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Epson Printer Promises Freedom From Overpriced Ink Cartridges


Epson has a new printer that promises to finally free people from overpriced ink cartridges. That at least is the promise. To find out if that promise could possibly be true, our own Renee Montagne spoke with Wilson Rothman of The Wall Street Journal.


Rothman is the personal technology editor at The Journal. But when he decided to write about this printer, it was really personal.

WILSON ROTHMAN: It started with me trying to do a real estate deal in the middle of the night, trying to just print 15 black-and-white pages and then faxing them. And the printer just did not want me to do this. And it ran out of magenta ink, then it ran out of cyan ink, then it just told me that its Epson cartridges weren't real Epson cartridges, and I ended up at Kinko's.

MONTAGNE: (Laughter). OK, tell us about this new printer, and how does it differ in such a way that we can be freed from ink cartridges?

ROTHMAN: This thing doesn't have cartridges. Instead, it has a very large tank on the side of a printer, kind of like a big reservoir or a big shed. When you get the printer, you fill it with the four colors of ink and then for about two years you don't ever think about ink. That's kind of the idea.

MONTAGNE: What, though, is the bottom line in terms of why this way of doing it would cost less than the kind of neat, little printer cartridges?

ROTHMAN: Well, this is how the printer industry makes their money - it's the razor and blade model. They sell the printer cheap, and then they, you know, sell the cartridges at an extreme premium. So over the course of two years, you could end up spending $800 on their brand of ink. This printer only costs - only - costs $400. So they're saying, we're not going to try make money on ink refills from you. We're just going to take your money upfront.

MONTAGNE: In the end is it actually cheaper to use this printer that you will fill up rather than use cartridges?

ROTHMAN: No, actually the two years without running out of ink scenario is actually about twice what it still costs if you go to Amazon or and just buy the off-brand, cheap ink. But the question is, how much would you pay to to relieve yourself of the hassle of changing ink cartridges?

MONTAGNE: Yeah, how much is it worth it - the convenience factor?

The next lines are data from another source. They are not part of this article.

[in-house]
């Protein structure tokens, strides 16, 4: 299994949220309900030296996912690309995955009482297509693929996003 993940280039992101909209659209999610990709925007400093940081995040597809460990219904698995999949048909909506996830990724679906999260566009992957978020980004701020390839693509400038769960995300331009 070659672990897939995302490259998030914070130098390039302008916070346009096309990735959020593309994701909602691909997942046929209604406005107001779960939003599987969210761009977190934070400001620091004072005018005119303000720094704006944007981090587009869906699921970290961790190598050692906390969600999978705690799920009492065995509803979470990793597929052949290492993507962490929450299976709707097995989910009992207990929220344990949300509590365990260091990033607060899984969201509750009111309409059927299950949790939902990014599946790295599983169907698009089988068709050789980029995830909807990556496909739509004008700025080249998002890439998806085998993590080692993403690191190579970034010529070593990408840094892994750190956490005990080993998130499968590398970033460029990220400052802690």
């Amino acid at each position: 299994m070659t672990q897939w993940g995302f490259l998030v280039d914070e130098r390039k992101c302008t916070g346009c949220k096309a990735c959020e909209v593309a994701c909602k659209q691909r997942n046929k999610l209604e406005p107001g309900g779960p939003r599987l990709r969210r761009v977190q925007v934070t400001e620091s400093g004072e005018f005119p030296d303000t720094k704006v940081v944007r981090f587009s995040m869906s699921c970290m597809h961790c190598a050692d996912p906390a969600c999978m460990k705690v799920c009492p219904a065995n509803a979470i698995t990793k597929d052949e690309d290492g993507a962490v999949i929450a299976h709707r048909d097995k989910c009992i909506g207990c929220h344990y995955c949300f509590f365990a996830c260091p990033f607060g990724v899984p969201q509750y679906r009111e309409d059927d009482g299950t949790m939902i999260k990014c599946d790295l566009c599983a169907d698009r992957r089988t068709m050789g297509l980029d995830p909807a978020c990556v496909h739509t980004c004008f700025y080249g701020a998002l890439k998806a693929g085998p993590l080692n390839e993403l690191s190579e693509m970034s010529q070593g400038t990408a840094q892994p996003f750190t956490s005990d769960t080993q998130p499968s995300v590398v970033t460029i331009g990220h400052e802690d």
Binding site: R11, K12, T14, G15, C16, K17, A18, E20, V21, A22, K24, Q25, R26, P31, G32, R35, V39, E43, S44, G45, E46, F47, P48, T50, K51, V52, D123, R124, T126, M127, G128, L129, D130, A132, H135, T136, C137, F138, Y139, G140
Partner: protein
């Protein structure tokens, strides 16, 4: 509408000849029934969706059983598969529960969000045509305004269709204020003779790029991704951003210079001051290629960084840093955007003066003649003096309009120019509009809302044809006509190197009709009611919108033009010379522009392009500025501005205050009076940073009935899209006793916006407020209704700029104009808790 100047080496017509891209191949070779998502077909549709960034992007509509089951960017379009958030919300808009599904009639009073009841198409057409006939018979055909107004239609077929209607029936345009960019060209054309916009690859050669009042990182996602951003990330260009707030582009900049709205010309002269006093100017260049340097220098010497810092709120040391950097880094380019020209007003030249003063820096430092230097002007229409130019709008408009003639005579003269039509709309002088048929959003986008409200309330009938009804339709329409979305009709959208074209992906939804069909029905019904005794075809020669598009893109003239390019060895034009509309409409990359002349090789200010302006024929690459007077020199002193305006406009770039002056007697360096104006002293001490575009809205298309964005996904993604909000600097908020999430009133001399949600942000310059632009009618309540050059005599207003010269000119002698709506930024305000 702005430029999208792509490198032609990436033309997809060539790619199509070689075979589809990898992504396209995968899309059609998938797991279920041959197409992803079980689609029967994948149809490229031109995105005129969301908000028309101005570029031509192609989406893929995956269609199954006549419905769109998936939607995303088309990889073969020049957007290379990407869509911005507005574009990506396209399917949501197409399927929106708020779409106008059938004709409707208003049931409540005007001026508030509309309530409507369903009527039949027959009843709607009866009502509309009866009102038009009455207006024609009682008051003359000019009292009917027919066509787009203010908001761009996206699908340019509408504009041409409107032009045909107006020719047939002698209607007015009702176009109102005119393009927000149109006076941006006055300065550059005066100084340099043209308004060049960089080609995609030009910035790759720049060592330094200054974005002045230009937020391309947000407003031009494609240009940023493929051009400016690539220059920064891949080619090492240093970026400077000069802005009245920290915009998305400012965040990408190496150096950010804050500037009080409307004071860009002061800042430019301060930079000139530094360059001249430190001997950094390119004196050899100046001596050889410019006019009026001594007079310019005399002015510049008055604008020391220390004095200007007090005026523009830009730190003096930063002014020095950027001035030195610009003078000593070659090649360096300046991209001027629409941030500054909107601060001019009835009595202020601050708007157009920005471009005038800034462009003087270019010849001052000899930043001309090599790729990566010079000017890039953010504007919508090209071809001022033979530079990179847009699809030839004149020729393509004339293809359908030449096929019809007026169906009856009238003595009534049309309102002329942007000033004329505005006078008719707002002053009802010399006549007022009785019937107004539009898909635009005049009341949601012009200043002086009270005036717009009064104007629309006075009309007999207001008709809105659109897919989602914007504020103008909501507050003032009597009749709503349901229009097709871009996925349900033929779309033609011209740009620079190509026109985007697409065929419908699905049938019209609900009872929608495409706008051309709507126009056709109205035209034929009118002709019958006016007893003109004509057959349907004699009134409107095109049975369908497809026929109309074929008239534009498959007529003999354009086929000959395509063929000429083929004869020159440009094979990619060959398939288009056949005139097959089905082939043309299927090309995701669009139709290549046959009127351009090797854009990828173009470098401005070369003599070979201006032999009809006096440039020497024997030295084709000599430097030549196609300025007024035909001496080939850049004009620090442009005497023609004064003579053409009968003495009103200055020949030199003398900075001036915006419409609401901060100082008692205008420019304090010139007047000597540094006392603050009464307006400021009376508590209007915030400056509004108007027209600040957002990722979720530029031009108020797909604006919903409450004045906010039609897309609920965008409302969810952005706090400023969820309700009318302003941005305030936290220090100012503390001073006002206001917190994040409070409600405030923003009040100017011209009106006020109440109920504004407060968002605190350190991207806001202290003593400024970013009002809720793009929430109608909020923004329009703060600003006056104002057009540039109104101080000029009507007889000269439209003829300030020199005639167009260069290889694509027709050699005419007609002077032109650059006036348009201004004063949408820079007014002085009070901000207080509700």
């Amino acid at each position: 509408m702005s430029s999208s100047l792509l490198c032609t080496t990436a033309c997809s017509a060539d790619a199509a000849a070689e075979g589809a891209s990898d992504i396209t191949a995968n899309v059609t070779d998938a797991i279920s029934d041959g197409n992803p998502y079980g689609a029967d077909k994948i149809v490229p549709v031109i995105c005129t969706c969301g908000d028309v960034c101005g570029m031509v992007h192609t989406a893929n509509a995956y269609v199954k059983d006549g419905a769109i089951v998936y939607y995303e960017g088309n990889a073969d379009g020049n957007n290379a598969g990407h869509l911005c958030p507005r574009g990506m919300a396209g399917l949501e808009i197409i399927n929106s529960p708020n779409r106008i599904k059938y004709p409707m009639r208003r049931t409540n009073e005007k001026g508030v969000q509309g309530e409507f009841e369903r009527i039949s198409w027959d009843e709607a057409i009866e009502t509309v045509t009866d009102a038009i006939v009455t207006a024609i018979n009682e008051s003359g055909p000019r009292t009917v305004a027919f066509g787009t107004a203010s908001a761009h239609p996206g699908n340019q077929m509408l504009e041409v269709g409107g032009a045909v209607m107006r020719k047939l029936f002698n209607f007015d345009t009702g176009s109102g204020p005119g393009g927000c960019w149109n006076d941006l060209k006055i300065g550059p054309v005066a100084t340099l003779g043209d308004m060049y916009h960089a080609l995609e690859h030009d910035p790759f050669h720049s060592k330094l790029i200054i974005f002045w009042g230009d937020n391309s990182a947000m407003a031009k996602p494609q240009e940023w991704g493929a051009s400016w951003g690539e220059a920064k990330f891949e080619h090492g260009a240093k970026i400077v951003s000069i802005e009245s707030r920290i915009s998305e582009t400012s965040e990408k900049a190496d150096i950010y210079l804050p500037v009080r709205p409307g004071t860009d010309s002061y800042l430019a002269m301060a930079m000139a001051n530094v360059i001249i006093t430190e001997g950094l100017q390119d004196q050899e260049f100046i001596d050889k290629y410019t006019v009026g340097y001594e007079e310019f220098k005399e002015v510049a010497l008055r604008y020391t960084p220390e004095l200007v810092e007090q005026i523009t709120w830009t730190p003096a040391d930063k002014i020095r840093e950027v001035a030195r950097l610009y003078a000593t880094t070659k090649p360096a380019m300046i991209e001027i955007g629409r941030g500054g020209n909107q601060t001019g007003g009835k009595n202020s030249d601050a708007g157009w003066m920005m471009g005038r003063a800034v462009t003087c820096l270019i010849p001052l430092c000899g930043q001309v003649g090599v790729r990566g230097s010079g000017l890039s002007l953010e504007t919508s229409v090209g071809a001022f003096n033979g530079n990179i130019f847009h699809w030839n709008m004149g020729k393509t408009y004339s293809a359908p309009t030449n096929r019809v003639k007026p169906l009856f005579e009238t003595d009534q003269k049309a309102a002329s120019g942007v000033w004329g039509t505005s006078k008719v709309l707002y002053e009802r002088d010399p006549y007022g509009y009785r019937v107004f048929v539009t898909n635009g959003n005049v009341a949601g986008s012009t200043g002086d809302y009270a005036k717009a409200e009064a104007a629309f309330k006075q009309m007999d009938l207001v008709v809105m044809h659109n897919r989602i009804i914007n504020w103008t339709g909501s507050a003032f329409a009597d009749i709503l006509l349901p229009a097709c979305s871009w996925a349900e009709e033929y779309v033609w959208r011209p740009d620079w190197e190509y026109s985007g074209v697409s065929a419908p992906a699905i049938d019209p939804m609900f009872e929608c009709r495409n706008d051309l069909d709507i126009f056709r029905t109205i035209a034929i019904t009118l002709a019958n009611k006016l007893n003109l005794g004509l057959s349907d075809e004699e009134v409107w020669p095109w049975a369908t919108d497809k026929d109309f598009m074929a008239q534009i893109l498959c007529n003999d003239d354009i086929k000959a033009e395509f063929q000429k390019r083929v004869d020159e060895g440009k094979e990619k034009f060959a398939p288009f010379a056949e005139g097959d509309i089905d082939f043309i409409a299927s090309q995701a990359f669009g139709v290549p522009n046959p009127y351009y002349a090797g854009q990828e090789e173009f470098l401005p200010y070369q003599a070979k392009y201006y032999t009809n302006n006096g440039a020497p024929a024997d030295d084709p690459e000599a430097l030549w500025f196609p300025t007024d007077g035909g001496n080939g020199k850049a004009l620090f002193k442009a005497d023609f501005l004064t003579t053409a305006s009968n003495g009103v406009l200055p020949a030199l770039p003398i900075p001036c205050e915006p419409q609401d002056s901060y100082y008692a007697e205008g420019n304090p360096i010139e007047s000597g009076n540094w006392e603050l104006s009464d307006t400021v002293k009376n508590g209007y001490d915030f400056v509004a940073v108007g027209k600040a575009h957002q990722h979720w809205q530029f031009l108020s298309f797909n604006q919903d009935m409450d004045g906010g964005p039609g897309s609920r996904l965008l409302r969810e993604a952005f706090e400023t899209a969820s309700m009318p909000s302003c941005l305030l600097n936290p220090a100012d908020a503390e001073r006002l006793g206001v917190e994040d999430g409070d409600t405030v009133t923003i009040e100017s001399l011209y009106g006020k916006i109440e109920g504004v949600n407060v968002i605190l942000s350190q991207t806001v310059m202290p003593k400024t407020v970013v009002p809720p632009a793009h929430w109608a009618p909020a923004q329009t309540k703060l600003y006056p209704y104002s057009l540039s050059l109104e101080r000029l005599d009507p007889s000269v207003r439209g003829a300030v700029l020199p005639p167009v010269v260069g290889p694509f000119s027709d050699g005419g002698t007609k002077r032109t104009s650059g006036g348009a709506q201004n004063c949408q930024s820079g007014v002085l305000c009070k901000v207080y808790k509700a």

ROTHMAN: Yeah, how much is it worth it to not think about ink again?

MONTAGNE: Me, personally? I'd pay it, for the convenience.

ROTHMAN: I'd pay it too. And you got to also remember, this is a warranty-protected machine that has some quality assurance as well.

MONTAGNE: And why would Epson be doing this at this point in time? First of all, it seems like it was doing alright the old way.

ROTHMAN: We Americans have been very happy paying for our cartridges for a long time. But around the world, that's not been the case. People also started to hack their printers to do just this - to feed ink continuously. India and China, people were just creating systems that would just bypass the cartridges altogether. And of course that meant a huge loss for these companies that make the printers.

MONTAGNE: Well, tell us about the response to your article in The Wall Street Journal because I can only imagine it unleashed an outpouring of frustration.

ROTHMAN: So I've been getting emails from all over the globe, people who just want to vent about the printers. They say, oh, I hate HP, so I switched to Epson. Oh, I hate Epson, so I switched to HP. That usually how the story goes. There's never like, oh, my God, I love this printer.

MONTAGNE: (Laughter).

ROTHMAN: It's been very amusing.

MONTAGNE: Seriously, not one person had a positive story that they notified you about?

ROTHMAN: The more upbeat folks just wanted to share tips like, here's how I get around that ink problem - buy three cartridges at once. And then I run out of one, and I've got another in the drawer. People love to hate their printers.

MONTAGNE: That is so true. Wilson Rothman is the personal tech editor for The Wall Street Journal.

Well, thank you very much for talking to us.

ROTHMAN: Oh, it's my pleasure. Transcript provided by NPR, Copyright NPR.

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